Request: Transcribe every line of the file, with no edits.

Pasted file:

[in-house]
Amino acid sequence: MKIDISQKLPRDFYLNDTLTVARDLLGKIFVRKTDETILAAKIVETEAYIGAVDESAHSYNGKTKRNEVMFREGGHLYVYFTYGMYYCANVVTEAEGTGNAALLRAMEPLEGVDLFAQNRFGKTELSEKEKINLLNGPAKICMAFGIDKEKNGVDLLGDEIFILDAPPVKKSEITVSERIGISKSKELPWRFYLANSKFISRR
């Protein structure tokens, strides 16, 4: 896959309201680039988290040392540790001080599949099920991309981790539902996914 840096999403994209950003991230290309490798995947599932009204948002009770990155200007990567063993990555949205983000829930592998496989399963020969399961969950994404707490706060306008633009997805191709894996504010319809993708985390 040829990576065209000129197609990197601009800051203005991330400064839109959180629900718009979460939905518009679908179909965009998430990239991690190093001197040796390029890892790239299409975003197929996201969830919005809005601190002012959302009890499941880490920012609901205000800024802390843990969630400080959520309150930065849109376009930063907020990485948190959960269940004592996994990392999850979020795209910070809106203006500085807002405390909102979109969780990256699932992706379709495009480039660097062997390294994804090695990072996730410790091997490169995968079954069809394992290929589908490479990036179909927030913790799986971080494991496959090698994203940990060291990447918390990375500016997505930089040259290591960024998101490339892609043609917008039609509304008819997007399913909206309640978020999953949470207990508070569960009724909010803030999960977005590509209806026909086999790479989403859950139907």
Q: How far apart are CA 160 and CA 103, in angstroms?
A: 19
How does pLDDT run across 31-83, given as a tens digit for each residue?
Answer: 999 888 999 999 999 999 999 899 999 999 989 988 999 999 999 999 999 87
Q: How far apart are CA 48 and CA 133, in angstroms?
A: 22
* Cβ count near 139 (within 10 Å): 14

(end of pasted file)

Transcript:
[in-house]
Amino acid sequence: MKIDISQKLPRDFYLNDTLTVARDLLGKIFVRKTDETILAAKIVETEAYIGAVDESAHSYNGKTKRNEVMFREGGHLYVYFTYGMYYCANVVTEAEGTGNAALLRAMEPLEGVDLFAQNRFGKTELSEKEKINLLNGPAKICMAFGIDKEKNGVDLLGDEIFILDAPPVKKSEITVSERIGISKSKELPWRFYLANSKFISRR
């Protein structure tokens, strides 16, 4: 896959309201680039988290040392540790001080599949099920991309981790539902996914 840096999403994209950003991230290309490798995947599932009204948002009770990155200007990567063993990555949205983000829930592998496989399963020969399961969950994404707490706060306008633009997805191709894996504010319809993708985390 040829990576065209000129197609990197601009800051203005991330400064839109959180629900718009979460939905518009679908179909965009998430990239991690190093001197040796390029890892790239299409975003197929996201969830919005809005601190002012959302009890499941880490920012609901205000800024802390843990969630400080959520309150930065849109376009930063907020990485948190959960269940004592996994990392999850979020795209910070809106203006500085807002405390909102979109969780990256699932992706379709495009480039660097062997390294994804090695990072996730410790091997490169995968079954069809394992290929589908490479990036179909927030913790799986971080494991496959090698994203940990060291990447918390990375500016997505930089040259290591960024998101490339892609043609917008039609509304008819997007399913909206309640978020999953949470207990508070569960009724909010803030999960977005590509209806026909086999790479989403859950139907």
Q: How far apart are CA 160 and CA 103, in angstroms?
A: 19
How does pLDDT run across 31-83, given as a tens digit for each residue?
Answer: 999 888 999 999 999 999 999 899 999 999 989 988 999 999 999 999 999 87
Q: How far apart are CA 48 and CA 133, in angstroms?
A: 22
* Cβ count near 139 (within 10 Å): 14